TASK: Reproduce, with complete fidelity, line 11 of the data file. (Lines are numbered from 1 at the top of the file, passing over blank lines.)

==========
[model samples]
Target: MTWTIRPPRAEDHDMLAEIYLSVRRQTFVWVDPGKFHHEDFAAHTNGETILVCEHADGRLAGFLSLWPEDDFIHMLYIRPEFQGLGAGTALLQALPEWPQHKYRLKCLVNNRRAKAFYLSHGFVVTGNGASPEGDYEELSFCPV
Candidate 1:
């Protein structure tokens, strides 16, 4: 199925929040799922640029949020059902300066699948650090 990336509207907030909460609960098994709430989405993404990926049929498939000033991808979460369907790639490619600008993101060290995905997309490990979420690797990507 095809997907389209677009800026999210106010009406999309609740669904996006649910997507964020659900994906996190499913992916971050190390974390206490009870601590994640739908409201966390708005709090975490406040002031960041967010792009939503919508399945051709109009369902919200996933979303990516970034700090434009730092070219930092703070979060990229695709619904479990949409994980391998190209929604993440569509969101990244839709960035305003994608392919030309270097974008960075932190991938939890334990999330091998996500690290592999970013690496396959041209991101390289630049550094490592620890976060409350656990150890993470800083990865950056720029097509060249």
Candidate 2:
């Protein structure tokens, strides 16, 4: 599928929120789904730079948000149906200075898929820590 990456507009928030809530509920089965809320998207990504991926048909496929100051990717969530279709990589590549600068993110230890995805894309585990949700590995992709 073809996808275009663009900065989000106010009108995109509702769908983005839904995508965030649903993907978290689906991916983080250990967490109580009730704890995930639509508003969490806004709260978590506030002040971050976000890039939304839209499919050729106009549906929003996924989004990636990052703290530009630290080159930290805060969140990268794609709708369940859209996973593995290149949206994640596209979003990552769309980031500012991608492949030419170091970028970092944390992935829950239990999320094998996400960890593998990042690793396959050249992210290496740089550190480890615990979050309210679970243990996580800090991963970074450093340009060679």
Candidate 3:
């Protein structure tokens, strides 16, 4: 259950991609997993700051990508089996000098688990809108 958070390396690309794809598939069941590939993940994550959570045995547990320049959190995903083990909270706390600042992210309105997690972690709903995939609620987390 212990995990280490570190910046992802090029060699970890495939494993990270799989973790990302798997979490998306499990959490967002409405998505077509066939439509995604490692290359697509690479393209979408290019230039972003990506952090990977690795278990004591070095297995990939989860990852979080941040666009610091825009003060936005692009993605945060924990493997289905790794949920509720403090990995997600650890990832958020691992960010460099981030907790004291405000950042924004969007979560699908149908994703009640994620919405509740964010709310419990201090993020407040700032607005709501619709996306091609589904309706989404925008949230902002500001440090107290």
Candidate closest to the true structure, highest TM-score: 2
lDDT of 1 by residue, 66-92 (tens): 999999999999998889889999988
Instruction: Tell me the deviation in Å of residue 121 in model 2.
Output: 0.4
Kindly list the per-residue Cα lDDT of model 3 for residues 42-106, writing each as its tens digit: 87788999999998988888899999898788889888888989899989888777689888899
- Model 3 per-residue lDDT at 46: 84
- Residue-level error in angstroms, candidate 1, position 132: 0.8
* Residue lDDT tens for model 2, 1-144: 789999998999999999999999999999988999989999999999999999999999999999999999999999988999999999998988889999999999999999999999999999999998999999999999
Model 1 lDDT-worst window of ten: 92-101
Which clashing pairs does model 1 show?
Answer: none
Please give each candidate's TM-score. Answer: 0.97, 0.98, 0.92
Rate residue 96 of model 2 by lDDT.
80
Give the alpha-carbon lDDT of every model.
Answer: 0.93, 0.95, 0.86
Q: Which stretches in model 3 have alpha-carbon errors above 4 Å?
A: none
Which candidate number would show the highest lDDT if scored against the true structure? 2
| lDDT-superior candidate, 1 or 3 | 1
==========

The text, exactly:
Instruction: Tell me the deviation in Å of residue 121 in model 2.